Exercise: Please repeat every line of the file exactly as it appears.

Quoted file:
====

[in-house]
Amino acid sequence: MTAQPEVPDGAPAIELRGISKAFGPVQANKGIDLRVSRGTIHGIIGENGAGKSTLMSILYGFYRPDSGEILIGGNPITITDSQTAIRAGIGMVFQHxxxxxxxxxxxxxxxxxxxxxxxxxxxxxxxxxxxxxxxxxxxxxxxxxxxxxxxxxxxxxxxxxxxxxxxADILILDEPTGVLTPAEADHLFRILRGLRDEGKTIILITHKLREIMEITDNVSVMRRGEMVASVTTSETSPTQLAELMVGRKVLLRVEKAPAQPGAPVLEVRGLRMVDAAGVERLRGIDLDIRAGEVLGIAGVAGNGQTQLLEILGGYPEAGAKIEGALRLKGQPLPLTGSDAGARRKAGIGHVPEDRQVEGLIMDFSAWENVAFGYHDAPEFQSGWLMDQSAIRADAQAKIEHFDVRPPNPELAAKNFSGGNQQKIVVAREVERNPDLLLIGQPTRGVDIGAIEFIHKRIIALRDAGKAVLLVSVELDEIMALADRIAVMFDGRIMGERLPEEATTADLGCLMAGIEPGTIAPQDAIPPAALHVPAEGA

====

[in-house]
Amino acid sequence: MTAQPEVPDGAPAIELRGISKAFGPVQANKGIDLRVSRGTIHGIIGENGAGKSTLMSILYGFYRPDSGEILIGGNPITITDSQTAIRAGIGMVFQHxxxxxxxxxxxxxxxxxxxxxxxxxxxxxxxxxxxxxxxxxxxxxxxxxxxxxxxxxxxxxxxxxxxxxxxADILILDEPTGVLTPAEADHLFRILRGLRDEGKTIILITHKLREIMEITDNVSVMRRGEMVASVTTSETSPTQLAELMVGRKVLLRVEKAPAQPGAPVLEVRGLRMVDAAGVERLRGIDLDIRAGEVLGIAGVAGNGQTQLLEILGGYPEAGAKIEGALRLKGQPLPLTGSDAGARRKAGIGHVPEDRQVEGLIMDFSAWENVAFGYHDAPEFQSGWLMDQSAIRADAQAKIEHFDVRPPNPELAAKNFSGGNQQKIVVAREVERNPDLLLIGQPTRGVDIGAIEFIHKRIIALRDAGKAVLLVSVELDEIMALADRIAVMFDGRIMGERLPEEATTADLGCLMAGIEPGTIAPQDAIPPAALHVPAEGA